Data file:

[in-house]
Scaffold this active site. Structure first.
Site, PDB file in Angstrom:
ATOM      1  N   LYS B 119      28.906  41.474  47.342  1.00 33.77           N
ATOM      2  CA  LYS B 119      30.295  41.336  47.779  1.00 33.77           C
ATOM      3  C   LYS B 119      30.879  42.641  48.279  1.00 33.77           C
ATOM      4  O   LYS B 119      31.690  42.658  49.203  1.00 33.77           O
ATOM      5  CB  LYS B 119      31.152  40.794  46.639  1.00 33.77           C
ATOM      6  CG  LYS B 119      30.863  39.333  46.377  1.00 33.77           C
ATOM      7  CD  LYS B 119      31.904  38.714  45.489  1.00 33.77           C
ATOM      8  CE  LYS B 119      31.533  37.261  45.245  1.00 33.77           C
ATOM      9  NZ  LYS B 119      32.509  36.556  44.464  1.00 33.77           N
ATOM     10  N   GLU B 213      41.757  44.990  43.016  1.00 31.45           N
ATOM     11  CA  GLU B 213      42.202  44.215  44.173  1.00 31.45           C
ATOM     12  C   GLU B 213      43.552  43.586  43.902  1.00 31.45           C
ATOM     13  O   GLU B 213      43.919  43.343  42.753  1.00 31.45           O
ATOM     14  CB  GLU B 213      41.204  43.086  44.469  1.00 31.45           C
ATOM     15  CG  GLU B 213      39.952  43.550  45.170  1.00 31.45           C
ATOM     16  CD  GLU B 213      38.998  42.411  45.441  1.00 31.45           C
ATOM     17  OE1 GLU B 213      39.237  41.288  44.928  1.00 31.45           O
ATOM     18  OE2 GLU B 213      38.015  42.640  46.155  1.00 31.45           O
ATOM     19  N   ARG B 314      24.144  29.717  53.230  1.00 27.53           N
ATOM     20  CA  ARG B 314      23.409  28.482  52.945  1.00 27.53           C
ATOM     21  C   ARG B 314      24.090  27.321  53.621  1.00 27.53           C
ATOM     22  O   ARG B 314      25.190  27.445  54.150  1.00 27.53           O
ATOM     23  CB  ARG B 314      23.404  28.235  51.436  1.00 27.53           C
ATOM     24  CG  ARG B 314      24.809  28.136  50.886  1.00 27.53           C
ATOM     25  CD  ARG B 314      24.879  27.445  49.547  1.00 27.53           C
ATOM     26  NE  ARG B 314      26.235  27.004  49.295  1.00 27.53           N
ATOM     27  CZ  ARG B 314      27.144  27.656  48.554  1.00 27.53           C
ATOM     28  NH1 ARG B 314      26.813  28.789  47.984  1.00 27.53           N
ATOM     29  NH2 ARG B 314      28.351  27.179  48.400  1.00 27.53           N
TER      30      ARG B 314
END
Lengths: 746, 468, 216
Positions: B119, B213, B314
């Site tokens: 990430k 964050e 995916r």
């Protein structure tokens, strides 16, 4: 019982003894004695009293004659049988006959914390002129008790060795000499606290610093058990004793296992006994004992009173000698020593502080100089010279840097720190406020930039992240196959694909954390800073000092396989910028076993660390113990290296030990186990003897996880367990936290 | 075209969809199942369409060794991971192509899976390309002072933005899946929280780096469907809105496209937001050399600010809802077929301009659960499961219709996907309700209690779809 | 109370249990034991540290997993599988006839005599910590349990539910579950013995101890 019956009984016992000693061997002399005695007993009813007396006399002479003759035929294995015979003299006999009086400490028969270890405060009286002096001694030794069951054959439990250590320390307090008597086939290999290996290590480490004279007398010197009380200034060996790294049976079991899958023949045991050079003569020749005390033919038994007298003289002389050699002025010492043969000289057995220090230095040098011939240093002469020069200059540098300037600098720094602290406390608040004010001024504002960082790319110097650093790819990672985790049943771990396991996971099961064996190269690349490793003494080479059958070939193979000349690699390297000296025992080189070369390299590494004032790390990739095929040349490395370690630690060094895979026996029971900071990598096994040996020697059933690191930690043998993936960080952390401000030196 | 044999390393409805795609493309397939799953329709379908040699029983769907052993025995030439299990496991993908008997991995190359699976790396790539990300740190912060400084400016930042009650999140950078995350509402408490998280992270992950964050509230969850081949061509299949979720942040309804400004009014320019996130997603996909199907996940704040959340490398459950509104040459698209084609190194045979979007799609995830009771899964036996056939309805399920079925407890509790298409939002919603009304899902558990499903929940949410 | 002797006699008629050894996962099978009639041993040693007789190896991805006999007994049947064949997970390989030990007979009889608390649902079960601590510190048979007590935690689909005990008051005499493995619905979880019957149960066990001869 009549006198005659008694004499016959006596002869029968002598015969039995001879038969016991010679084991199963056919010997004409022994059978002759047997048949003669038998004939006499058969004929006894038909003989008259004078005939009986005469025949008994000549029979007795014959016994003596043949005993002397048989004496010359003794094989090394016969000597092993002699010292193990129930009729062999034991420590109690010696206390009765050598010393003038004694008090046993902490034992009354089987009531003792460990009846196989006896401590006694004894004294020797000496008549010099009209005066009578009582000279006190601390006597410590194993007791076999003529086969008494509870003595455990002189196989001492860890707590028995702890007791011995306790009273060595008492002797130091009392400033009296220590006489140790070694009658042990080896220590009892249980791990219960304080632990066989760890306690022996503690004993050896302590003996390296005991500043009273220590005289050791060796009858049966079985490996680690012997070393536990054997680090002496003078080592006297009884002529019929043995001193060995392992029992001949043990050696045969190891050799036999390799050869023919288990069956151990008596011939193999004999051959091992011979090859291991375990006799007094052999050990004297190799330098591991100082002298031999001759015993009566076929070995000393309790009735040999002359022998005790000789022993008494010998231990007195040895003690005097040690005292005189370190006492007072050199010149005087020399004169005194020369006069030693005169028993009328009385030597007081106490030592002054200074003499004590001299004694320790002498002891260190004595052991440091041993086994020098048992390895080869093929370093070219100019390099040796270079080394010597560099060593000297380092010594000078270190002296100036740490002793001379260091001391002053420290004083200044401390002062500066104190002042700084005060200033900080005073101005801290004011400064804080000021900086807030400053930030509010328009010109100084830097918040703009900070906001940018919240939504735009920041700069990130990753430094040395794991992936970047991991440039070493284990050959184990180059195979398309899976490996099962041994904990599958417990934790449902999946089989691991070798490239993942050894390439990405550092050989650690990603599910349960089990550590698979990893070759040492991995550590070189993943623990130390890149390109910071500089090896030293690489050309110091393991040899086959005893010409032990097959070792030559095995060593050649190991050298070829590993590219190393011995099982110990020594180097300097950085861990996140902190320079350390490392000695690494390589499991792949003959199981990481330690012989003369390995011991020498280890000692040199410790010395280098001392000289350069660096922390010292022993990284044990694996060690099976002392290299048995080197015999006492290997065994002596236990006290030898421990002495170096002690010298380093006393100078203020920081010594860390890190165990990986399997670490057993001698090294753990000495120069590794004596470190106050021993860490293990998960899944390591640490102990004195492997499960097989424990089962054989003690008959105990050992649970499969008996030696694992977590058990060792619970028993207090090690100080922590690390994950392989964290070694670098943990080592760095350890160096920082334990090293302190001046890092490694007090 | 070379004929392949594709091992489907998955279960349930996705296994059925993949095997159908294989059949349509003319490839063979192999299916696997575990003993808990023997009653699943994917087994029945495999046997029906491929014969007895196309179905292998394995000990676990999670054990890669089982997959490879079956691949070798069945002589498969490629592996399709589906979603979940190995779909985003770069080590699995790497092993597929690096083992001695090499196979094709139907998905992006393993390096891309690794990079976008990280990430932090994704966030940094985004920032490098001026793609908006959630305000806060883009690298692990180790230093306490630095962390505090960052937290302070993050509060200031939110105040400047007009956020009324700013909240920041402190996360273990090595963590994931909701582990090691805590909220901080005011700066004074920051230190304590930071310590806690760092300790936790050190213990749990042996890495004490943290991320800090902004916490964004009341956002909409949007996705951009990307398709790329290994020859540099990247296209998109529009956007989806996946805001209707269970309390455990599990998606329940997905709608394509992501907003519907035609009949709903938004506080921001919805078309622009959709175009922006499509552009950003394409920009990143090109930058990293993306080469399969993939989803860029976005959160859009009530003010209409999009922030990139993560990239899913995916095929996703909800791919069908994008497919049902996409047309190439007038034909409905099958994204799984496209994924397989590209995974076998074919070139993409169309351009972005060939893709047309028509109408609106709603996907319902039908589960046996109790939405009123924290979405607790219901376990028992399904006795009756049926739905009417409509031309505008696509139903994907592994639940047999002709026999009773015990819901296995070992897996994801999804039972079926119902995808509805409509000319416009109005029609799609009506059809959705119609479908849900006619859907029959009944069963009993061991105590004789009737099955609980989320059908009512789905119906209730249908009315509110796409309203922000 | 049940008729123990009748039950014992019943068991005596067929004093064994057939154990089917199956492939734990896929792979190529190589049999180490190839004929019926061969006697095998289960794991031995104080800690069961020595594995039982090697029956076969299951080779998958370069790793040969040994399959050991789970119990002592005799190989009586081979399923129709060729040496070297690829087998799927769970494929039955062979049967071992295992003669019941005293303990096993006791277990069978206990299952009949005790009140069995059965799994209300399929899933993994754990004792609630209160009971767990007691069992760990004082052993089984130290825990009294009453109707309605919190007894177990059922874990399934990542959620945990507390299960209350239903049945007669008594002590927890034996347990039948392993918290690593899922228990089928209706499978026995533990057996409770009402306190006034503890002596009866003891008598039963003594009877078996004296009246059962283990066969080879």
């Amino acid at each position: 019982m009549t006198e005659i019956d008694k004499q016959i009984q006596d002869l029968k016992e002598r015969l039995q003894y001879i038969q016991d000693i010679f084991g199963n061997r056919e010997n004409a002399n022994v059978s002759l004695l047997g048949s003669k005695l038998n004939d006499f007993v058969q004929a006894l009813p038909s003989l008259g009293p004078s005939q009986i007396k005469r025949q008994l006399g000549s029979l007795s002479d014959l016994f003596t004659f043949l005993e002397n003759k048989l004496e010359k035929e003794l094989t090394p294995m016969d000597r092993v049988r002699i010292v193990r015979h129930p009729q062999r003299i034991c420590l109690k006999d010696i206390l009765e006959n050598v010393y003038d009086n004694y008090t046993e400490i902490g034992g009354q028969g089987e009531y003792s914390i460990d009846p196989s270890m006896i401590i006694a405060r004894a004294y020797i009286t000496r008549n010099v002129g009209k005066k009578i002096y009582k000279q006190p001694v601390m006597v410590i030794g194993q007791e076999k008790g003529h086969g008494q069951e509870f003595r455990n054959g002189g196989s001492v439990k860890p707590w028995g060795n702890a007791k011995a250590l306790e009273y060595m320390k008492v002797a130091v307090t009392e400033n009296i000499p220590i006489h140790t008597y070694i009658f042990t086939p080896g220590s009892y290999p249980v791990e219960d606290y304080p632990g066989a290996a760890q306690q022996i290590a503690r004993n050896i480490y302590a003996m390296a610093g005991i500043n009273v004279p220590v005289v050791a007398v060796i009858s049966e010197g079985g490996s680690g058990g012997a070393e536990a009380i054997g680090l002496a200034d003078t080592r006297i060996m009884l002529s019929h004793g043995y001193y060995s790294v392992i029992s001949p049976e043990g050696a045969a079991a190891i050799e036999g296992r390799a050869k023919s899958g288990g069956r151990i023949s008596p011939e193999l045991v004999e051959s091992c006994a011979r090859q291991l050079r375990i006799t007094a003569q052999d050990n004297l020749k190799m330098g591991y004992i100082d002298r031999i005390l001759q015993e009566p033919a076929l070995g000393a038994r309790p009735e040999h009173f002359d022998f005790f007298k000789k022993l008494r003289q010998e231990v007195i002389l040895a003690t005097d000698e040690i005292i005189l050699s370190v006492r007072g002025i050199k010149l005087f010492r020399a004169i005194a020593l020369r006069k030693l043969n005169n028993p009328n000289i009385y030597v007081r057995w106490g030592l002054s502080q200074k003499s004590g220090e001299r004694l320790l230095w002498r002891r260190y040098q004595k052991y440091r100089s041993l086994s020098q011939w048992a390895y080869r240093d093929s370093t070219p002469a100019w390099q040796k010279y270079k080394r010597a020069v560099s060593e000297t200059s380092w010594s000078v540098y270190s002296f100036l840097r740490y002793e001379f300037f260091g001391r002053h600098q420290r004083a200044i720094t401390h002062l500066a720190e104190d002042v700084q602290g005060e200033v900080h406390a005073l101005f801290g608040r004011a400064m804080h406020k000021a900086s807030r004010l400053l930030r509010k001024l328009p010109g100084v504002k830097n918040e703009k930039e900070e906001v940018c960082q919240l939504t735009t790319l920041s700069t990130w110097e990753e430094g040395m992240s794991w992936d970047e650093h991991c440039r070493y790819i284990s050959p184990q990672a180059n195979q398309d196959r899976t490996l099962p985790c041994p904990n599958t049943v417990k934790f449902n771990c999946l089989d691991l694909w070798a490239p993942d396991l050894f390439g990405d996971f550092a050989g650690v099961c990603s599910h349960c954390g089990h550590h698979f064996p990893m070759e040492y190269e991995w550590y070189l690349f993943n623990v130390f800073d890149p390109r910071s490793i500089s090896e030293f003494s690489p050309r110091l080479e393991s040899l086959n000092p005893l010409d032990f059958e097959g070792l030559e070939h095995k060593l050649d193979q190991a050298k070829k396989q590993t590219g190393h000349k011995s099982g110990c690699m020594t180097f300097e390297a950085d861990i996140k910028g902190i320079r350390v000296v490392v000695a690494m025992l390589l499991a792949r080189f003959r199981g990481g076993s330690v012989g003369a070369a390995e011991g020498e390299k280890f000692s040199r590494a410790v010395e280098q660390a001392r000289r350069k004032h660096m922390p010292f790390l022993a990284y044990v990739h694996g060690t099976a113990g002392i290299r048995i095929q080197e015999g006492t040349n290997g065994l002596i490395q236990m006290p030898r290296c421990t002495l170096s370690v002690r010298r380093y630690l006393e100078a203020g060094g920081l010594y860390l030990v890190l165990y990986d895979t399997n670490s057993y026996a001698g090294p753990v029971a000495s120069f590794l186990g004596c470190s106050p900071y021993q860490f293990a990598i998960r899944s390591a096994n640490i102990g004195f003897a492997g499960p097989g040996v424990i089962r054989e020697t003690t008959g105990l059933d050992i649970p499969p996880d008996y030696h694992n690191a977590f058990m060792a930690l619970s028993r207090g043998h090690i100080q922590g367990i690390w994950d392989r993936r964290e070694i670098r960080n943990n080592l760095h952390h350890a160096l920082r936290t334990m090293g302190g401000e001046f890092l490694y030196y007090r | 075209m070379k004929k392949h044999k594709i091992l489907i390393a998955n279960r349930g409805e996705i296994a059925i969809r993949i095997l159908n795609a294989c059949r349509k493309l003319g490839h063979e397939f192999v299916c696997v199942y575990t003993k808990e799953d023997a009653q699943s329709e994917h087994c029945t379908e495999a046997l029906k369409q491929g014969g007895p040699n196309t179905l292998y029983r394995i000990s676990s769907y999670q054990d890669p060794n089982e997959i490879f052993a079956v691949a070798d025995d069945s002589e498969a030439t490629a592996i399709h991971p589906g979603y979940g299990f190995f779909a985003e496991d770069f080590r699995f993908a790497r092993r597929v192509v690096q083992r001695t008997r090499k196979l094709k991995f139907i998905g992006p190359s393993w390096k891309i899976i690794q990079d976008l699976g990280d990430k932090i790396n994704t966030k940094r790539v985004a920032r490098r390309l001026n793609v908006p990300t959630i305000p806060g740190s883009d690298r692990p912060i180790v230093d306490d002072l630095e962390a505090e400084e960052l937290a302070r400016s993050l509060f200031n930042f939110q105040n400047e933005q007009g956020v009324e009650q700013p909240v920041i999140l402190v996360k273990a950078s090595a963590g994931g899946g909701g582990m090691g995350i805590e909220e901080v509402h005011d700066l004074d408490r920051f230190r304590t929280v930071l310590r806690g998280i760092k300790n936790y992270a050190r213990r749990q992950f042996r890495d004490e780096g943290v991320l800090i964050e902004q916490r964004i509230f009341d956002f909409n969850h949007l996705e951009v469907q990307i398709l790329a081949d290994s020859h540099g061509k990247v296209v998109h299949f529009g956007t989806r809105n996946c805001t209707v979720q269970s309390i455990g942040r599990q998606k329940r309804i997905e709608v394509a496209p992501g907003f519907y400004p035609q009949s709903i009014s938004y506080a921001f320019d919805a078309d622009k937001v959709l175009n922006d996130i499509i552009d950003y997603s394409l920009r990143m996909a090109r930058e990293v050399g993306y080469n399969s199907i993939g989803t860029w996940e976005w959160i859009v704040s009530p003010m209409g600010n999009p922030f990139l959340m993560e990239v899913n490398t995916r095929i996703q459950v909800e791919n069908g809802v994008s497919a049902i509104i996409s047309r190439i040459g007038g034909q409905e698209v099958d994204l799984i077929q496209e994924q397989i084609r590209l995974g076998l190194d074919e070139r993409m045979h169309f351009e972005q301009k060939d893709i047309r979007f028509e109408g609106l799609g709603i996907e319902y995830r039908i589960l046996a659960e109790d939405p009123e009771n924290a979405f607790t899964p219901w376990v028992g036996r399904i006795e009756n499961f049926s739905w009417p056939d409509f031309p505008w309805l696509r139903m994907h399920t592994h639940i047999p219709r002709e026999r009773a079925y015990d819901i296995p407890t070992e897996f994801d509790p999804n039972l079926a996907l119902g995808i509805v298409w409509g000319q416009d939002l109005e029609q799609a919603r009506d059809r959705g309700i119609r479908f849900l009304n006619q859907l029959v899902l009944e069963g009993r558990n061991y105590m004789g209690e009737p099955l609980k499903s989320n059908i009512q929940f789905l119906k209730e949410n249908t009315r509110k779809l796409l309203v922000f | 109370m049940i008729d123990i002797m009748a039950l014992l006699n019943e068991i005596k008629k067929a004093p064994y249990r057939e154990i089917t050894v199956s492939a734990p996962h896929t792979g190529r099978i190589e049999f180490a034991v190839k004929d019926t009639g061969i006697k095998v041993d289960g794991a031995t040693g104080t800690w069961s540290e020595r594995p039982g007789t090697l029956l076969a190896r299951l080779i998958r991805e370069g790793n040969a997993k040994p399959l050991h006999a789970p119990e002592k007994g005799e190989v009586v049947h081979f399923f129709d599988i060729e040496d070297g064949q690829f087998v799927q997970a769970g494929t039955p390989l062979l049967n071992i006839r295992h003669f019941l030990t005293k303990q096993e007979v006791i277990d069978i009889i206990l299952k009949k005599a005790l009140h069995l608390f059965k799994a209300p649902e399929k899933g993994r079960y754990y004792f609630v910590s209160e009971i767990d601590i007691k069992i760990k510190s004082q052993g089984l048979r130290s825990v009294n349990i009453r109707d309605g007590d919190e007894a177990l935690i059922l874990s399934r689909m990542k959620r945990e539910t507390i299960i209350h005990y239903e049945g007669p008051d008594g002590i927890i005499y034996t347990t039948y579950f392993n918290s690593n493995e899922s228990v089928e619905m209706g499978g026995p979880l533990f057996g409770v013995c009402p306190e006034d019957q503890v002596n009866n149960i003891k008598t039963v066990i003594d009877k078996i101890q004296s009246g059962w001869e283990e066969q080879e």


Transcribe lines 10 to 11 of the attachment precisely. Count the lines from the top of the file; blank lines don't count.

ATOM      7  CD  LYS B 119      31.904  38.714  45.489  1.00 33.77           C
ATOM      8  CE  LYS B 119      31.533  37.261  45.245  1.00 33.77           C